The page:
Exploding the myths surrounding Italy’s unification in the 19th century should be heady stuff, but Mario Martone’s “We Believed” is unrelentingly flat and numbingly long. Timed to coincide with the country’s 150th anniversary celebration in 2011, Martone’s costumer follows the nation’s difficult birth from the 1820s to the 1870s, when conflicting interests — north vs. south, monarchist vs. republican — made the path to unity fraught with difficulty. Martone confuses dialogue with speechifying, and lensing is strictly smallscreen material. Non-Italos will get lost in the historical record, while even locals are unlikely to stay seated whether at cinemas or home.
A lot of money — between $7.6 and 8.8 million — went into making “We Believed” look authentic, but somehow the producers forgot that an accretion of historical characters and detail still needs to be made human. The great shame here is that the subject is terrific, and the opportunity for a much needed self-examination long overdue. Pity should go to Italy’s schoolchildren, already uninspired by history lessons, who will be forced to sit through this yawner; better they watch Visconti’s “The Leopard,” which reveals the true nature of Italy’s fractious relationship with its diverse parts far more acutely and movingly.
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Three young men from the Bourbon-ruled Kingdom of the Two Sicilies dream of a unified Italy: Domenico (Edoardo Natoli), Salvatore (Luigi Pisani) and Angelo (Andrea Bosca). Inspired by Giuseppe Mazzini (Toni Servillo) and his talk of a single nation ruled along egalitarian, republican lines, they’re radicalized in Paris and frequent the salon of charismatic Princess Cristina di Belgiojoso (Francesca Inaudi, and, later in life, Anna Bonaiuto). Hot-headed Angelo, with his propensity toward political nihilism, thinks Salvatore is a spy and kills him.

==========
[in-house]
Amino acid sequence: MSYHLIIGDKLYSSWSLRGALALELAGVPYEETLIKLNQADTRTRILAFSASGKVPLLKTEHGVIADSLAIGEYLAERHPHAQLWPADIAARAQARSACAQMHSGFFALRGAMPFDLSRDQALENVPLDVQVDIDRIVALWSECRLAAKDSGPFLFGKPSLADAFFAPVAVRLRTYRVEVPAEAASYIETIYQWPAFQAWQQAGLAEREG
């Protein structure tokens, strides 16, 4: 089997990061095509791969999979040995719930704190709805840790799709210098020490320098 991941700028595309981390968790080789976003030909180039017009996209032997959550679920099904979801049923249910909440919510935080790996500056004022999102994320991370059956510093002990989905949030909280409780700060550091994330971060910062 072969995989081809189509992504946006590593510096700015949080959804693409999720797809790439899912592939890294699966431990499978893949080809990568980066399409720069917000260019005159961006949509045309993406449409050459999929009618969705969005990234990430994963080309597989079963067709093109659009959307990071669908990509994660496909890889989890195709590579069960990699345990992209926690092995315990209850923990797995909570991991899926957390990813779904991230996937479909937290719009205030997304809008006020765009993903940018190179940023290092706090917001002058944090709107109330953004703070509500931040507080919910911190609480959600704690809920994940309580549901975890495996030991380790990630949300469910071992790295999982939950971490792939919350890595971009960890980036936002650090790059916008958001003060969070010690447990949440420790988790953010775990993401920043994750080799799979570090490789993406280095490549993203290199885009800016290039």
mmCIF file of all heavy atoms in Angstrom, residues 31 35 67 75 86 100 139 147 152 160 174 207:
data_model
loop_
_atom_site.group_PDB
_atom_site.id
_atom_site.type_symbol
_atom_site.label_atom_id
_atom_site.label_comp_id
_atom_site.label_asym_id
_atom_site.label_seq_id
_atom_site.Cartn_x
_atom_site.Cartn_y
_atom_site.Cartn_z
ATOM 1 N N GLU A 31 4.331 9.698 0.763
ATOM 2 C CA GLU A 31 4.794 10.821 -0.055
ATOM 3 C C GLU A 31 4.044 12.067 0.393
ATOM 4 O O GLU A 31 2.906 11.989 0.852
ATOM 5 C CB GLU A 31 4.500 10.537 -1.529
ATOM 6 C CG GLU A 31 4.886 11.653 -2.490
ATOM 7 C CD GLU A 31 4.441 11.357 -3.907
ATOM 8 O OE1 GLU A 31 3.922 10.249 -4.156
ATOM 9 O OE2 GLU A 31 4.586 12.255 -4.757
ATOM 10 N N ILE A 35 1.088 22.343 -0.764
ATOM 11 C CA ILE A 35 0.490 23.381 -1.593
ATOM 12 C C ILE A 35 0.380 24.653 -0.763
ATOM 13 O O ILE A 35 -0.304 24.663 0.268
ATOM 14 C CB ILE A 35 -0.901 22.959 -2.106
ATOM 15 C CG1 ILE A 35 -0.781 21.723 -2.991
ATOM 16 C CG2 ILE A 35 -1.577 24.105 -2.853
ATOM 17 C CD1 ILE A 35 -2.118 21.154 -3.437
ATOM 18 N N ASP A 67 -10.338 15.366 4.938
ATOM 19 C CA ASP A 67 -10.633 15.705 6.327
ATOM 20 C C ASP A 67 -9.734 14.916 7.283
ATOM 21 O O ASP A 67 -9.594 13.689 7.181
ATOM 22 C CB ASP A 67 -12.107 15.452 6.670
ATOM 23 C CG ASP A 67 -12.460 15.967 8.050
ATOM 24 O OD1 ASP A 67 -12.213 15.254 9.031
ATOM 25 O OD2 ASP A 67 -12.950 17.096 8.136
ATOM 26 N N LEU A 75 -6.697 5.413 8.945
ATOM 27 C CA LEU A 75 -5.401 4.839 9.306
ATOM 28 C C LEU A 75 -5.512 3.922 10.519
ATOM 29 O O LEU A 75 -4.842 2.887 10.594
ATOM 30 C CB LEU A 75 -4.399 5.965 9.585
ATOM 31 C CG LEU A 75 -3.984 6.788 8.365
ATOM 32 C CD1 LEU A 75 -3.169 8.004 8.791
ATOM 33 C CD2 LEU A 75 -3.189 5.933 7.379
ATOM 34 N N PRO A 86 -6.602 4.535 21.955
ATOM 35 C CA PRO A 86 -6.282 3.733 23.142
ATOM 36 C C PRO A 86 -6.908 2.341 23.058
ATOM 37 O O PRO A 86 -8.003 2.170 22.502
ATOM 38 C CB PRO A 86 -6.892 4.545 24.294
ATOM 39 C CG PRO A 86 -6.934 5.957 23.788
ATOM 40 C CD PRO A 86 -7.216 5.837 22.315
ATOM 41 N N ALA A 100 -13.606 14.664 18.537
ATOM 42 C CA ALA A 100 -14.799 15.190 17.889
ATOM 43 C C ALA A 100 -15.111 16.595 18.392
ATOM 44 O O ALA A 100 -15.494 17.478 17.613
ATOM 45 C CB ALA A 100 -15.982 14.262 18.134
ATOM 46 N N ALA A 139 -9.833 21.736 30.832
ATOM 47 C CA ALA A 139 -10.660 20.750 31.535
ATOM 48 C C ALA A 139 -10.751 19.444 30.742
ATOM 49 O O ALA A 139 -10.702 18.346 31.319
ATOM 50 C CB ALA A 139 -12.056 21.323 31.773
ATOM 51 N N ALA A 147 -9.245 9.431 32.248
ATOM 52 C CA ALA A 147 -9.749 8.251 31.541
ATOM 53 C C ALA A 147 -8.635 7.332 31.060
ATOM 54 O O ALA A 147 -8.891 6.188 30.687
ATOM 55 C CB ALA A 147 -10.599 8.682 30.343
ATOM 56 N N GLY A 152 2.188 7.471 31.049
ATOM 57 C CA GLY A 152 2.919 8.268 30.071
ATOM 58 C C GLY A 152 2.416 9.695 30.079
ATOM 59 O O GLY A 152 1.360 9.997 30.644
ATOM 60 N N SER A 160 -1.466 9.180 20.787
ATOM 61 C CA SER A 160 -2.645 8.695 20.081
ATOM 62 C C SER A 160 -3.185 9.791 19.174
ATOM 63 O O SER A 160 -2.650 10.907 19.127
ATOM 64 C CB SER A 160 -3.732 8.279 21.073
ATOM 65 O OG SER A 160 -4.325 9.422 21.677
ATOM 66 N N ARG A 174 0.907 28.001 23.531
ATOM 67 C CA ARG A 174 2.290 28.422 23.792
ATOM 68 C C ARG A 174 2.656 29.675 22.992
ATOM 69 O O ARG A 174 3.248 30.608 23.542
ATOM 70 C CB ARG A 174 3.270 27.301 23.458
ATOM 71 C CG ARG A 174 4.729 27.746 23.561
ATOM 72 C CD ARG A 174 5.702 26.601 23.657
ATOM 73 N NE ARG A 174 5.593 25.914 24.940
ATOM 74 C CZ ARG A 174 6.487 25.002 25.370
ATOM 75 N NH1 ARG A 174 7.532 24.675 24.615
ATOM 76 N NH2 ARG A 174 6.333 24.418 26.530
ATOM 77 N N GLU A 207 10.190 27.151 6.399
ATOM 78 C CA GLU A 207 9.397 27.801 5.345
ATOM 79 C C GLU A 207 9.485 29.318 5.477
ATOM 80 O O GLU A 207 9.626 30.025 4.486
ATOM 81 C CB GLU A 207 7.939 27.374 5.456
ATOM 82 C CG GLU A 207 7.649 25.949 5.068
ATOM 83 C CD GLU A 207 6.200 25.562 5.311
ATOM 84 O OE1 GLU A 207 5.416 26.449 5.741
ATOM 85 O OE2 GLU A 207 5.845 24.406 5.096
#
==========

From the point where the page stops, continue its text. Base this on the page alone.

A few decades later, Domenico (now played by Luigi Lo Cascio) and Angelo (Valerio Binasco) still work toward the cause despite deep disappointment with the failure of the short-lived Roman Republic. Angelo’s violent leanings move him away from Mazzini’s circle, while Domenico’s dreams of a republican nation are dashed on the rocks of pragmatism, and he eventually puts his hopes in Garibaldi’s populist movement.
No one here, neither the three Sicilians (loosely based on minor figures), nor the numerous historical characters weaving in and out, speak normally: Instead they’re forced to drone on in platitudes and declarations, turning some of the most fascinating people in the nation’s history into bores. A huge amount of material is covered, most importantly the bitter fight between idealists who believed in a radical democracy and the power-brokers up north more interested in putting their Savoy king on the throne of a united country.
Italy is still dealing with the repercussions of this conflict, and the north’s high-handed mistreatment of the south. The past tense in the pic’s title addresses not just the delusion felt by the historical players when their idealistic struggles were betrayed, but also contempo Italians who’ve been fed on romantic legends of unity. Martone throws in a few anachronistic elements, such as a modern unfinished concrete structure, to prod auds into making parallels between then and now, but they’re too minor and too subtle, overwhelmed by the pic’s episodic nature and verbal bombast.
After a number of years devoted to theater, Martone (“The Smell of Blood,” “Rehearsal for War”) seems to shy away from instilling any scene with too much drama — the attempted assassination of Napoleon III is especially weak — yet by dampening key events, he loses the spirit of excitement that invests political theories with a sense of do-or-die urgency. Presumably he wants to foreground the heroism of individual ideals rather than history’s grand sweep, but he’s allowed the lead-weight script to quash all sense of excitement. Appropriate music, awash in Verdi, Rossini and Bellini, too often repeats the same themes.